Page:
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Linda Gehringer and Tessa Auberjonois in The Roommate at South Coast Repertory (Photo by Debora Robinson)

Linda Gehringer and Tessa Auberjonois in The Roommate at South Coast Repertory (Photo by Debora Robinson)

The Roommate

Reviewed by Deborah Klugman
South Coast Repertory
Through January 22

A worldly 50-something lesbian from the Bronx moves in with a naïve 50-something woman in Iowa and changes her roommate’s life. That’s the gist of Jen Silverman’s stilted one-act, whose main appeal is its focus on the lives of older women, usually given short shrift in American film and theater. The play builds around a series of contrivances whose obviousness mars whatever merit the idea does possess.

Sharon (Linda Gehringer) is a lonely divorcee living in Iowa City who longs for a closer relationship with her son, a fashion designer in Manhattan with friends whom she suspects are “homosexual.” (Not her son, though!)

When she advertises for a roommate, Sharon hears from Robyn (Tessa Auberjonois), a gay vegan who smokes cigarettes and eventually arrives from halfway across the country with boxes of possessions, including little clay dolls that she claims are the products of her efforts at pottery. Like much else that Robyn tells Sharon, this turns out to be only partially true. Soon enough, she’s owned up to grifting — and Sharon, after her initial surprise, decides she’d like to try her hand at some of the phone scams and dope dealing Robyn’s been involved with. She turns out to be pretty good at pitching folks and getting them to send money, and she scores again when the ladies in her book club take to the weed she is distributing. Her cloying enthusiasm for these new pursuits startles even Robyn, who meanwhile has become caught up with the problematic relationships she’s tried to leave behind.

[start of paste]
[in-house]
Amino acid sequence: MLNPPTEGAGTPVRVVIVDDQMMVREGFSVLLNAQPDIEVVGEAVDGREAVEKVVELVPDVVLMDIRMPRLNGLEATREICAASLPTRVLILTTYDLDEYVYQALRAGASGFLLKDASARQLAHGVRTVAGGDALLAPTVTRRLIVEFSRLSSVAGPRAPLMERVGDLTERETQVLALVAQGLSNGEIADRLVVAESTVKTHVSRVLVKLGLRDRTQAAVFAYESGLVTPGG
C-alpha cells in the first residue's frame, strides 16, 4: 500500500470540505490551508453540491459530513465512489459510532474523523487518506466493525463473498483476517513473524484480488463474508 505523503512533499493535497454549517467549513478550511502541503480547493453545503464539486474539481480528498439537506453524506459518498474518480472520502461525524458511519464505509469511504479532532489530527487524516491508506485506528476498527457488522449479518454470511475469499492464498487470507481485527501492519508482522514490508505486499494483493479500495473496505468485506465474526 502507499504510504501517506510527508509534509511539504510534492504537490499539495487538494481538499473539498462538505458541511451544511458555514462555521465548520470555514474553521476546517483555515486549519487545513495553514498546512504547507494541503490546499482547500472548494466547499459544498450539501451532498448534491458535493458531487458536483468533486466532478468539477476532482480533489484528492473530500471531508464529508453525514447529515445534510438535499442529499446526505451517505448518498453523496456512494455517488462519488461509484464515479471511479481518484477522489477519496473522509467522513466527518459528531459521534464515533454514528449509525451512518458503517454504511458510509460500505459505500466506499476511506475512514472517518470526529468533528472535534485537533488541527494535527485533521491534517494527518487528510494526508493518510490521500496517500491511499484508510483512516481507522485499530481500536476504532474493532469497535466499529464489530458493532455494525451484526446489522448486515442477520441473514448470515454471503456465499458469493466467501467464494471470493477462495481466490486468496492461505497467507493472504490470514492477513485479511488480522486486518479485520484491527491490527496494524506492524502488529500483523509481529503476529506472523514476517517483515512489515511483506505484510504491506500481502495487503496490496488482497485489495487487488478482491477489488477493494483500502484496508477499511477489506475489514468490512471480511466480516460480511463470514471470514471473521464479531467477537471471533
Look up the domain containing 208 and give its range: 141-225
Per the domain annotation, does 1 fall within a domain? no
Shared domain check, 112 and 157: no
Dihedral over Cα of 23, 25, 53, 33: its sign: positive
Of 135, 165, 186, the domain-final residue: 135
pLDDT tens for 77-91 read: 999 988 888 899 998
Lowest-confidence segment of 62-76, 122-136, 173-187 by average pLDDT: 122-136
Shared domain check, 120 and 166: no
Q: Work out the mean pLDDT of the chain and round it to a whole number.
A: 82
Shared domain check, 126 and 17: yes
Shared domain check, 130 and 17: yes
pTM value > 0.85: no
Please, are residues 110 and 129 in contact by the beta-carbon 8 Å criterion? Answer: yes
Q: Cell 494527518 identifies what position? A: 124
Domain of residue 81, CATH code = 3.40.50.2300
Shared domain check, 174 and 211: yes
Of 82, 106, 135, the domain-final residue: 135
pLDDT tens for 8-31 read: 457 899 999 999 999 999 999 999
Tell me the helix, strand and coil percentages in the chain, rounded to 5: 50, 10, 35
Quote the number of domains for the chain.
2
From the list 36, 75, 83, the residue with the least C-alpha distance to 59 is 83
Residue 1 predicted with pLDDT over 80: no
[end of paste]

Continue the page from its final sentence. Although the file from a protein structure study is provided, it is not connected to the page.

If this seems like a potentially sound blueprint for a bittersweet comedy or drama, well, it may be — but with potential as the operative word. From the opening moments, the playwright’s intent — constructing conflict around the cultural and emotional polarity between these two individuals — is not only crystal clear but blindingly so. Sharon’s innocence about her son’s predilections and just about everything else in the big wide world may be persuasive at a stretch, but having Robyn commit such faux pas as charging into the kitchen puffing on a cigarette (How many vegans do that?) plays like the awkward dramatic device that it is. And there are a whole series of these throughout the play.

Gehringer benefits from having the more fully fleshed-out role, and her Sharon is an empathetic figure even while the transformations the plot demands of her aren’t quite believable. As for Auberjonois, it’s never explained why her character, an expert con woman, chooses Iowa City to flee to, of all places. The character spends a lot of stage time playing the sophisticated foil to Gerhringer’s bumpkin. That seems to be structured into the script, and Martin Benson’s incurious direction underscores that dynamic.

South Coast Repertory, 655 Town Center Drive, Costa Mesa; Tues.-Sun., 7:45 p.m.; Sat-Sun., 2 & 8 p.m.; through Jan. 22. No evening performance Jan. 22. (714) 708-555, Running time: 1 hour and 40 minutes with no intermission.



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